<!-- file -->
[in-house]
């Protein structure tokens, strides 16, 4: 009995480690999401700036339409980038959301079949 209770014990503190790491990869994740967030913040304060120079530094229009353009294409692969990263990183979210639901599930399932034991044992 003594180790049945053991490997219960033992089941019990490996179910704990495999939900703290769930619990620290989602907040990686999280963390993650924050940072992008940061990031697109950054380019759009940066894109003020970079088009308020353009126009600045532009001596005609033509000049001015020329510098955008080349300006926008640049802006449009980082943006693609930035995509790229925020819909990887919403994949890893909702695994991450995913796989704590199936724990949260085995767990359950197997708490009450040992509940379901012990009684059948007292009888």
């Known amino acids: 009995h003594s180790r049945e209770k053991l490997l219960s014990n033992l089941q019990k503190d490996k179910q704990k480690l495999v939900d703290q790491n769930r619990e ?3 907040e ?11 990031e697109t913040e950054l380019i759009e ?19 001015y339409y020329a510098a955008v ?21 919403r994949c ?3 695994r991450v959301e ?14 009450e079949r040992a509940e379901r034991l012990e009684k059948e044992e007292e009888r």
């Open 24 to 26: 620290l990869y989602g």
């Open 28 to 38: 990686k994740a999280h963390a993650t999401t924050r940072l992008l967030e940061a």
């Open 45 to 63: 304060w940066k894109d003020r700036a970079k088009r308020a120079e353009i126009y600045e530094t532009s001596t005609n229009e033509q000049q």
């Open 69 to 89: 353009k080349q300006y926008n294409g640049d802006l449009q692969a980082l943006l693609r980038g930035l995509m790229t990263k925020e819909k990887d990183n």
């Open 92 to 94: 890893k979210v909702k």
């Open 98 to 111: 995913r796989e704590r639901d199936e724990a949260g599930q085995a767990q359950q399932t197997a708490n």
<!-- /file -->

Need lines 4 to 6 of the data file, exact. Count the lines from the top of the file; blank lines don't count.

């Open 24 to 26: 620290l990869y989602g």
């Open 28 to 38: 990686k994740a999280h963390a993650t999401t924050r940072l992008l967030e940061a």
């Open 45 to 63: 304060w940066k894109d003020r700036a970079k088009r308020a120079e353009i126009y600045e530094t532009s001596t005609n229009e033509q000049q």